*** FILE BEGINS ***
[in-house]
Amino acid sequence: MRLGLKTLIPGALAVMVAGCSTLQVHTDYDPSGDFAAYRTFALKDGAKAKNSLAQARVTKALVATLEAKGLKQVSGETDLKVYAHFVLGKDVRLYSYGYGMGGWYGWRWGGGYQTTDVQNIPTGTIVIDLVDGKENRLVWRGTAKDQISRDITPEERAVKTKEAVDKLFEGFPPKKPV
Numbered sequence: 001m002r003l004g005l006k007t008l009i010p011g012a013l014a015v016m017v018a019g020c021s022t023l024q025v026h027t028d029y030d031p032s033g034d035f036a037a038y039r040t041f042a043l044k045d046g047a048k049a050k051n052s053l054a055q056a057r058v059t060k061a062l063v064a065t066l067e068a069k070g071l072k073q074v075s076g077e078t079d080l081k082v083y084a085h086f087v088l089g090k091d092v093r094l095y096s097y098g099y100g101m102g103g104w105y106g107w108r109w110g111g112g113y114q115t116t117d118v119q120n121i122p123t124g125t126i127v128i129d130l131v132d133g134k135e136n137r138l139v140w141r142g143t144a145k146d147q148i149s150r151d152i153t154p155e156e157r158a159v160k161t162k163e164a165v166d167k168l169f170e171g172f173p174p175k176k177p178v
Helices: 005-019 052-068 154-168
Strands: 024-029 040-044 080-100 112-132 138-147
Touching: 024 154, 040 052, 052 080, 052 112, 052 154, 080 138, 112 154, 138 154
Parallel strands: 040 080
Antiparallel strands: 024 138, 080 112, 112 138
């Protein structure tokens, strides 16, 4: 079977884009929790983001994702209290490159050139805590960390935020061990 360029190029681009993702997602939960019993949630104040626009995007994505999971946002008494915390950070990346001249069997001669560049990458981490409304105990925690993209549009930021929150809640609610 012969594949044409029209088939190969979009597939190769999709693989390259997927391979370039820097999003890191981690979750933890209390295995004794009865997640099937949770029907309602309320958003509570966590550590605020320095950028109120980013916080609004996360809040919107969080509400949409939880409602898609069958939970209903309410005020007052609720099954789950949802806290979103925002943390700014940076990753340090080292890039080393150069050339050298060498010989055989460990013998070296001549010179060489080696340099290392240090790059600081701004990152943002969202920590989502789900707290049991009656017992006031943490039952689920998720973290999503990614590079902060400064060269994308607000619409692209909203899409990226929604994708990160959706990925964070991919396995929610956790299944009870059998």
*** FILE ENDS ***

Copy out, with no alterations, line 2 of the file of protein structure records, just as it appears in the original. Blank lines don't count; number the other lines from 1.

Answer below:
Amino acid sequence: MRLGLKTLIPGALAVMVAGCSTLQVHTDYDPSGDFAAYRTFALKDGAKAKNSLAQARVTKALVATLEAKGLKQVSGETDLKVYAHFVLGKDVRLYSYGYGMGGWYGWRWGGGYQTTDVQNIPTGTIVIDLVDGKENRLVWRGTAKDQISRDITPEERAVKTKEAVDKLFEGFPPKKPV